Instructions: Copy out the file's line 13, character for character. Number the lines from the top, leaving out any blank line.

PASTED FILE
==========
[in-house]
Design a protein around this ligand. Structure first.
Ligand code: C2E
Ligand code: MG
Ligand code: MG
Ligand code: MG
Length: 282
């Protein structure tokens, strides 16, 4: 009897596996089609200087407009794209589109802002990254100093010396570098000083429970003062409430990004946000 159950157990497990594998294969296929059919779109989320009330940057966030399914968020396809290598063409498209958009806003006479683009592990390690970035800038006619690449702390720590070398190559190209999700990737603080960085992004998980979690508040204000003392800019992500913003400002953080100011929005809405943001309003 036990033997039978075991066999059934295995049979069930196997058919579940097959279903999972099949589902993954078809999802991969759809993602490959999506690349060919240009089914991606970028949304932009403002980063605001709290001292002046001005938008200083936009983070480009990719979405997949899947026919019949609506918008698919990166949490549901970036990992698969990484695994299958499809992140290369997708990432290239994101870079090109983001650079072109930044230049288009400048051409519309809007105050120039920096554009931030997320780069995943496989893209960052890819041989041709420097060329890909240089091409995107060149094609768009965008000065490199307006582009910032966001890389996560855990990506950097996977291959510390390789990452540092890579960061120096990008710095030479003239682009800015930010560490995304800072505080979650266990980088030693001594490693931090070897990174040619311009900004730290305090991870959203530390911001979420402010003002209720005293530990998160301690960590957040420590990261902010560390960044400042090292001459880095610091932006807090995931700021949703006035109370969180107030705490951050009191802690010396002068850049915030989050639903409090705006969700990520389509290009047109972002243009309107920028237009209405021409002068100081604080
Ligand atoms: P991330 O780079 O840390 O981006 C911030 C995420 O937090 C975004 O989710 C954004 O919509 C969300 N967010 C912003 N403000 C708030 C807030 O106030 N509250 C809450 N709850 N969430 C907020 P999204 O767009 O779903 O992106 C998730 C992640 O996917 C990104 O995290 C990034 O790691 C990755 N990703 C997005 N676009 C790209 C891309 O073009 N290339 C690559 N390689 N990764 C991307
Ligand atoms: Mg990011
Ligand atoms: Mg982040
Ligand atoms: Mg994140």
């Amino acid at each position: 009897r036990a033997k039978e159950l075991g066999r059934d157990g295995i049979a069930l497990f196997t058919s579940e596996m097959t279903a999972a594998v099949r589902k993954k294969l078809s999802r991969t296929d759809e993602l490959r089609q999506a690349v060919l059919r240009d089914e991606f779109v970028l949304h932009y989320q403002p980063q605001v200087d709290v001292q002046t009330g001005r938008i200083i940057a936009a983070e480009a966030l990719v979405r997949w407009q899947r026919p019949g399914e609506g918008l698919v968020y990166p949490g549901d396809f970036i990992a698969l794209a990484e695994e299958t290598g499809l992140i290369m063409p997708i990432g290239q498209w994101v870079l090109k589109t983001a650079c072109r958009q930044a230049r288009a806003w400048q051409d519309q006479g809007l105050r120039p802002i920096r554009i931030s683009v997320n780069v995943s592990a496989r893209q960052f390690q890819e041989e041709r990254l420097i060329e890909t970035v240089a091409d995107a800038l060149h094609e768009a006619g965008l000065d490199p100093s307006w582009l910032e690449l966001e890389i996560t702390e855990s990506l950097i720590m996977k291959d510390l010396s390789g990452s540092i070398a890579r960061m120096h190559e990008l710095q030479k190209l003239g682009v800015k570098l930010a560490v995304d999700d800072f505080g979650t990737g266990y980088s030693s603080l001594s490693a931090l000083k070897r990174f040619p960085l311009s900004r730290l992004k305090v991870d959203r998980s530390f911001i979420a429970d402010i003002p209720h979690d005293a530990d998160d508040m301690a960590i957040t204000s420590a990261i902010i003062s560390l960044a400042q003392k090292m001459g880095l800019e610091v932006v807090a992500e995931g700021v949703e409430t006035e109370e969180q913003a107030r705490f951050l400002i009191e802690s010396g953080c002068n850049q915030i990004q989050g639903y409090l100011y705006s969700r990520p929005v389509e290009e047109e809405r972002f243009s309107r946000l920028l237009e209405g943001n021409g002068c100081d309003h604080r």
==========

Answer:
């Amino acid at each position: 009897r036990a033997k039978e159950l075991g066999r059934d157990g295995i049979a069930l497990f196997t058919s579940e596996m097959t279903a999972a594998v099949r589902k993954k294969l078809s999802r991969t296929d759809e993602l490959r089609q999506a690349v060919l059919r240009d089914e991606f779109v970028l949304h932009y989320q403002p980063q605001v200087d709290v001292q002046t009330g001005r938008i200083i940057a936009a983070e480009a966030l990719v979405r997949w407009q899947r026919p019949g399914e609506g918008l698919v968020y990166p949490g549901d396809f970036i990992a698969l794209a990484e695994e299958t290598g499809l992140i290369m063409p997708i990432g290239q498209w994101v870079l090109k589109t983001a650079c072109r958009q930044a230049r288009a806003w400048q051409d519309q006479g809007l105050r120039p802002i920096r554009i931030s683009v997320n780069v995943s592990a496989r893209q960052f390690q890819e041989e041709r990254l420097i060329e890909t970035v240089a091409d995107a800038l060149h094609e768009a006619g965008l000065d490199p100093s307006w582009l910032e690449l966001e890389i996560t702390e855990s990506l950097i720590m996977k291959d510390l010396s390789g990452s540092i070398a890579r960061m120096h190559e990008l710095q030479k190209l003239g682009v800015k570098l930010a560490v995304d999700d800072f505080g979650t990737g266990y980088s030693s603080l001594s490693a931090l000083k070897r990174f040619p960085l311009s900004r730290l992004k305090v991870d959203r998980s530390f911001i979420a429970d402010i003002p209720h979690d005293a530990d998160d508040m301690a960590i957040t204000s420590a990261i902010i003062s560390l960044a400042q003392k090292m001459g880095l800019e610091v932006v807090a992500e995931g700021v949703e409430t006035e109370e969180q913003a107030r705490f951050l400002i009191e802690s010396g953080c002068n850049q915030i990004q989050g639903y409090l100011y705006s969700r990520p929005v389509e290009e047109e809405r972002f243009s309107r946000l920028l237009e209405g943001n021409g002068c100081d309003h604080r």